| Light Years Away |

Light Years Away: Chapter 1

“Nice, isn’t it?” Shua had just come home from the mikveh, his peyos shining with moisture and his eyes with expectation



On Erev Shavuos she found it, wrapped in heart-spangled silver paper, on the tray.

Just before lighting the candles, she slipped her fingers under the folds of the wrapper, tearing a heart or two. She pulled it out: a small, machine-cut, wooden object, a keychain in the shape of a little bottle, painted red and black, lettered in white with the name “Nechami.”

A gift. For Yom Tov.

Bathed and fed, the baby was asleep in his infant seat. Bentzi was sitting on the couch, busy with his bag of potato chips. And for the first time in her life, she’d received a Yom Tov present.

“Nice, isn’t it?” Shua had just come home from the mikveh, his peyos shining with moisture and his eyes with expectation.

“Very nice,” she said. She couldn’t manage to say anything more. She pictured him, baffled, unsophisticated, chassidish and sheltered, peering at the revolving stand in the shop, searching for one name between “Naamah” and “Nitzah”… selecting this one, just for her.

And although she wanted so much more, she could appreciate the sparkle of this small gift.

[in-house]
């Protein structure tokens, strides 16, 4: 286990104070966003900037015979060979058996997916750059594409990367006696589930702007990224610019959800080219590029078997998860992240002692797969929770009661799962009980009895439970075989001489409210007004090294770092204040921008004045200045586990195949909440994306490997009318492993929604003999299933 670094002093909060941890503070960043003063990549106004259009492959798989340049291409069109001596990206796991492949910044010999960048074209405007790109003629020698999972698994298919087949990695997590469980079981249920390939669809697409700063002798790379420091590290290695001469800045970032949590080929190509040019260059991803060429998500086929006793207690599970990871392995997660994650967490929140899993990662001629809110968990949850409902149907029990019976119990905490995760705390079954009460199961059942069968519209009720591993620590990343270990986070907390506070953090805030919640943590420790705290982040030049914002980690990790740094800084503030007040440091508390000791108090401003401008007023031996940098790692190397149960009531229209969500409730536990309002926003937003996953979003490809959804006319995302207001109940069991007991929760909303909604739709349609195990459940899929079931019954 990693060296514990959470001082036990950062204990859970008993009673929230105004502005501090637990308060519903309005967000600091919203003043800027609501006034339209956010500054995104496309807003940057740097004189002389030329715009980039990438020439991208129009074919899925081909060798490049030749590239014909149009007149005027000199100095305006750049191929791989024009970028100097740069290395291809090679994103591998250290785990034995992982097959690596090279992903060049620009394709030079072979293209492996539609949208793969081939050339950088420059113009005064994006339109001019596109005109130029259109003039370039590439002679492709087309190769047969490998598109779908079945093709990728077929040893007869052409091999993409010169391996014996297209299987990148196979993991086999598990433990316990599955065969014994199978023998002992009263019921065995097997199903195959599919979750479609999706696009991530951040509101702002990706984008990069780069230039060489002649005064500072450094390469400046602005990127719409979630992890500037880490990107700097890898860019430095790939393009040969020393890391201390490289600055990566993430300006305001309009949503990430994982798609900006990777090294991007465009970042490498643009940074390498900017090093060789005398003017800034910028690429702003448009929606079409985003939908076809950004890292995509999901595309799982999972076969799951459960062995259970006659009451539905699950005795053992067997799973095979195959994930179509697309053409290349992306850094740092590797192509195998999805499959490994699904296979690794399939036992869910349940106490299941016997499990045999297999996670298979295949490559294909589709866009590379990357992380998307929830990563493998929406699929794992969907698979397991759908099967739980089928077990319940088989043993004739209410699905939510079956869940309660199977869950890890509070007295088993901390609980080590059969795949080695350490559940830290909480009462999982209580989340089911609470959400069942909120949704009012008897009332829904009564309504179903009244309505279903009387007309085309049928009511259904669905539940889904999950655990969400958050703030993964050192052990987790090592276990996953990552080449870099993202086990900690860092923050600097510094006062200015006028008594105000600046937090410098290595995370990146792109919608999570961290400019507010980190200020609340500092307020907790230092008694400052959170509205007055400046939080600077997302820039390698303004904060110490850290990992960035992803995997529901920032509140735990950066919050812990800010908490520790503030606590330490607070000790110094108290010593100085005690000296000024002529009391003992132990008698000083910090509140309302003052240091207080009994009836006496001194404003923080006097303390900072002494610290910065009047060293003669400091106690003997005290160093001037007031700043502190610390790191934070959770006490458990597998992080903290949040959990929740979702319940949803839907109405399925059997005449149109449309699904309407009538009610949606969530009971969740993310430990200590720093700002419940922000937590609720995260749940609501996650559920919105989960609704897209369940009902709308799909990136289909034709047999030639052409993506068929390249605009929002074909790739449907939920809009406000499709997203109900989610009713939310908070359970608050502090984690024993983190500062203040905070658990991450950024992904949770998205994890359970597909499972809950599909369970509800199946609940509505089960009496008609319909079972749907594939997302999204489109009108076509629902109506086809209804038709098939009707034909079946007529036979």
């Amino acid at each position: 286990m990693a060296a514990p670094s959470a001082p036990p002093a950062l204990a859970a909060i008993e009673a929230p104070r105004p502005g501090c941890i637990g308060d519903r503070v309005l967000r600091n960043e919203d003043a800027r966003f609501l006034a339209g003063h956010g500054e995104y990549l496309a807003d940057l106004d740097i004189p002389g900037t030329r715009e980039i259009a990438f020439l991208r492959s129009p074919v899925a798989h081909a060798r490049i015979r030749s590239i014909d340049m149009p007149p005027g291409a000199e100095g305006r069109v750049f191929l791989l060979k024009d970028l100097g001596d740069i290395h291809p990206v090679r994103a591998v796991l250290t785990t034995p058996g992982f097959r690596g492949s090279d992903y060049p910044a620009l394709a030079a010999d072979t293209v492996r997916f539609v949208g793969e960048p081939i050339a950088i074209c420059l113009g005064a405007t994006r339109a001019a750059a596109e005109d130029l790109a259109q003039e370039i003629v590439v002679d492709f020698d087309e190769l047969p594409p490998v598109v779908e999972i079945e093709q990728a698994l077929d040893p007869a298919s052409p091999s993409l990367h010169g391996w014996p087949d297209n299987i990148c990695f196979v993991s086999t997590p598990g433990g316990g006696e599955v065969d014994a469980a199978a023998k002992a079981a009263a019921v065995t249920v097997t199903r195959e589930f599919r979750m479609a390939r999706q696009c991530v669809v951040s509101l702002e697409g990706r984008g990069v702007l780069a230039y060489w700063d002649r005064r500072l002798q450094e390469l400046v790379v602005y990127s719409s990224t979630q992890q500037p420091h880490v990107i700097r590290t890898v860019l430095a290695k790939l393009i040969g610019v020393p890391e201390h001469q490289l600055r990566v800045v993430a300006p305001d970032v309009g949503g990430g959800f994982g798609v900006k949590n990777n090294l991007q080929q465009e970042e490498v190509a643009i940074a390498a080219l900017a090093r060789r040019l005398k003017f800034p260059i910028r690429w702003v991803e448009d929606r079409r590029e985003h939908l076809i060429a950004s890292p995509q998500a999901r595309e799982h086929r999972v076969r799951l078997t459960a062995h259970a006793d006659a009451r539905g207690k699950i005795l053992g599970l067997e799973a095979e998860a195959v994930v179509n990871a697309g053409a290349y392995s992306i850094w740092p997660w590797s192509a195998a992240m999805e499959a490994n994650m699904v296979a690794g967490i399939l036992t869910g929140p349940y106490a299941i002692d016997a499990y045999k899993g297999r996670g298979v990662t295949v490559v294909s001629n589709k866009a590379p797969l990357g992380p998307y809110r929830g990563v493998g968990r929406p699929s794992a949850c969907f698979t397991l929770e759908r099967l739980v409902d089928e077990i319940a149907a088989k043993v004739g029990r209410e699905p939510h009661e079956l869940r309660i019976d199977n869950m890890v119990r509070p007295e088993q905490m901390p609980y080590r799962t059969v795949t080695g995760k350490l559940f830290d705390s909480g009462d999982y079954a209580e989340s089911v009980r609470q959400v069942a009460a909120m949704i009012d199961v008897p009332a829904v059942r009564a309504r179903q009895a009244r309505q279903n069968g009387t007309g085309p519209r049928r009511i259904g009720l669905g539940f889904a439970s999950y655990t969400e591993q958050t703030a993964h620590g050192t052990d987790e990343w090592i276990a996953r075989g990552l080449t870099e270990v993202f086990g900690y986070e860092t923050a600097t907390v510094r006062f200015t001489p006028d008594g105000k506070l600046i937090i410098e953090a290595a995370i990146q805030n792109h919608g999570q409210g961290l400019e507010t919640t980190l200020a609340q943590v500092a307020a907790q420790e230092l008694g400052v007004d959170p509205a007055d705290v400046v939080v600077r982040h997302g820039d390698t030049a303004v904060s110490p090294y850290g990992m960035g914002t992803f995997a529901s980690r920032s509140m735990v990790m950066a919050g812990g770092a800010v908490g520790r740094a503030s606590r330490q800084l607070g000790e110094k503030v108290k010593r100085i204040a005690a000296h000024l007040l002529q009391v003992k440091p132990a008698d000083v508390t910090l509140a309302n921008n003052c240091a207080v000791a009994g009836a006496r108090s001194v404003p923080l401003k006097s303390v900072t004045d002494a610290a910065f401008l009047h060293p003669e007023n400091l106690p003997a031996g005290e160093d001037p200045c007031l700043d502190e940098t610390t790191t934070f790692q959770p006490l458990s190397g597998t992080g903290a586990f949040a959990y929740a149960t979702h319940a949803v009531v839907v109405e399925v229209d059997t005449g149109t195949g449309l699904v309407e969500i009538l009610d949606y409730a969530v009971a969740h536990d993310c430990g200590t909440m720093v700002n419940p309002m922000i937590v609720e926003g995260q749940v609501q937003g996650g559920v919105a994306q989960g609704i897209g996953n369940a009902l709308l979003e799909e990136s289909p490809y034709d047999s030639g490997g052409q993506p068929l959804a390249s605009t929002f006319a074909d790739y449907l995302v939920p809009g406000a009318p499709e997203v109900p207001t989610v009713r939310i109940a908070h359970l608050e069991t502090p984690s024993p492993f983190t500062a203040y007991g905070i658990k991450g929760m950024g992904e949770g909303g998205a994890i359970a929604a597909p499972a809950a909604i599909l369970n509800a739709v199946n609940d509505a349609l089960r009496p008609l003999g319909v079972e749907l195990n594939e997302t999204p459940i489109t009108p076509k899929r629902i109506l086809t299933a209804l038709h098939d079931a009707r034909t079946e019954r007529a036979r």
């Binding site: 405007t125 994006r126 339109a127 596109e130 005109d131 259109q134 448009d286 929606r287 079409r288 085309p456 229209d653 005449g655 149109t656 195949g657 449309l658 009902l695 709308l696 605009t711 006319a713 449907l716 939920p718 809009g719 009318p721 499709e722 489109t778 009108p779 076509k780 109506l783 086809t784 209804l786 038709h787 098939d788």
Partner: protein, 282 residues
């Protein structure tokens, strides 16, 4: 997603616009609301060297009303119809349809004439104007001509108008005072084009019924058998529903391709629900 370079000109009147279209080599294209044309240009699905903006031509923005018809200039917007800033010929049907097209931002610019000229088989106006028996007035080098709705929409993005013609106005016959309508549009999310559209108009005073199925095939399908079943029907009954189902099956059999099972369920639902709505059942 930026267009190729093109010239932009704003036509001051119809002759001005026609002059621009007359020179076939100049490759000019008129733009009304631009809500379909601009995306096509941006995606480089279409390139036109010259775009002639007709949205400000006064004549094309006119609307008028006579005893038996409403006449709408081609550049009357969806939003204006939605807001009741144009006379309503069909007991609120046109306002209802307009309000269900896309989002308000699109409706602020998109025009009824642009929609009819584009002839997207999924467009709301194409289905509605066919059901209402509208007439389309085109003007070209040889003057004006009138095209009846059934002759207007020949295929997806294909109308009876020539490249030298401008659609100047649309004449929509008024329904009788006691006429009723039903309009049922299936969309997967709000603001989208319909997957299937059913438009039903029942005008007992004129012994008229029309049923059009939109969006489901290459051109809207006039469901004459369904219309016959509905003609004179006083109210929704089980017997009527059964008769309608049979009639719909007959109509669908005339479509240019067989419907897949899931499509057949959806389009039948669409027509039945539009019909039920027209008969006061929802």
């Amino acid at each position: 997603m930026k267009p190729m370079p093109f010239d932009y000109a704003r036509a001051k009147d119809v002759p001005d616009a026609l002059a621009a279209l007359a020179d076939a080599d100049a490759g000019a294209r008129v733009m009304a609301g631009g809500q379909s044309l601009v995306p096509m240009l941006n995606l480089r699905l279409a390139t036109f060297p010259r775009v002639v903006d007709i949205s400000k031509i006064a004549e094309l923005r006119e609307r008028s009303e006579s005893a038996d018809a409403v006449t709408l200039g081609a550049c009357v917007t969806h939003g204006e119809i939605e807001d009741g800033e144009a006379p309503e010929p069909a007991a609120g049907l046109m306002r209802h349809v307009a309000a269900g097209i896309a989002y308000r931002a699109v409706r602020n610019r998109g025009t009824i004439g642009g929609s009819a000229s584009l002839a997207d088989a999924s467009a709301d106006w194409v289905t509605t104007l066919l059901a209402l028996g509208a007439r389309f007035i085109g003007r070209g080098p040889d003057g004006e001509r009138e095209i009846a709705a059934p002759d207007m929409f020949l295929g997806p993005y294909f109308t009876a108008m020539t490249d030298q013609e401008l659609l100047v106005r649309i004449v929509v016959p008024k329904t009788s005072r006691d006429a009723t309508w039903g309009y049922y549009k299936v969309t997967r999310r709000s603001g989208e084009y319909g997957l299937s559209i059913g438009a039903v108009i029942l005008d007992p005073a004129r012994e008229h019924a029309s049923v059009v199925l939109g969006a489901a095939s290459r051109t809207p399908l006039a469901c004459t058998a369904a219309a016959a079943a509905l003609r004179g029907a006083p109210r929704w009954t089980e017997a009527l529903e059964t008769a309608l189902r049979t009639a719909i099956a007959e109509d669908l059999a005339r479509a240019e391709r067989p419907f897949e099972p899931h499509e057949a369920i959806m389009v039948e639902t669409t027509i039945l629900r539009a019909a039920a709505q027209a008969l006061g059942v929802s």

She lit and made the brachah: Shehecheyanu. V’kiyemanu. V’higiyanu. La’zeman hazeh.

Now, the keychain jingles between her fingers. She’s been using it for ten years, stringing her keys on its ring. She pushes the black key into the door to the storeroom. She opens it, and the smell of fresh paint hits both her and her sister Chaya. The lavender wall they painted last week gleams before them.

Chaya appraises the wall. “You’re going to have photographers here soon, taking pictures for the interior-design magazines,” she says. “So should we start with the bird stencils today, or do you want to paint the other wall first?”

“The birds. They’re dying to get up there and fly. I have the stencils ready — did you bring the paint?”

“Got it right here.” Chaya rummages in a shopping bag and pulls out a little can of metallic silver paint. She applies masking tape to the wall and spreads sheets of transparent plastic on the floor.

This was going to be Nechami’s dream office: two storerooms converted into one, painted with a loving hand. Furnished one item at a time, built up slowly, but just the way she wanted it.

They had an hour and a half to work. Another one of those small, stolen blocks of precious time to make an office for Nechami. Nechami did it because it was hers, and Chaya, because Nechami was her big sister.

“Abba is still dreaming of the Shpinder boy for me,” Chaya reports, her paintbrush stroking the wall, carefully filling in a bird’s outspread wings.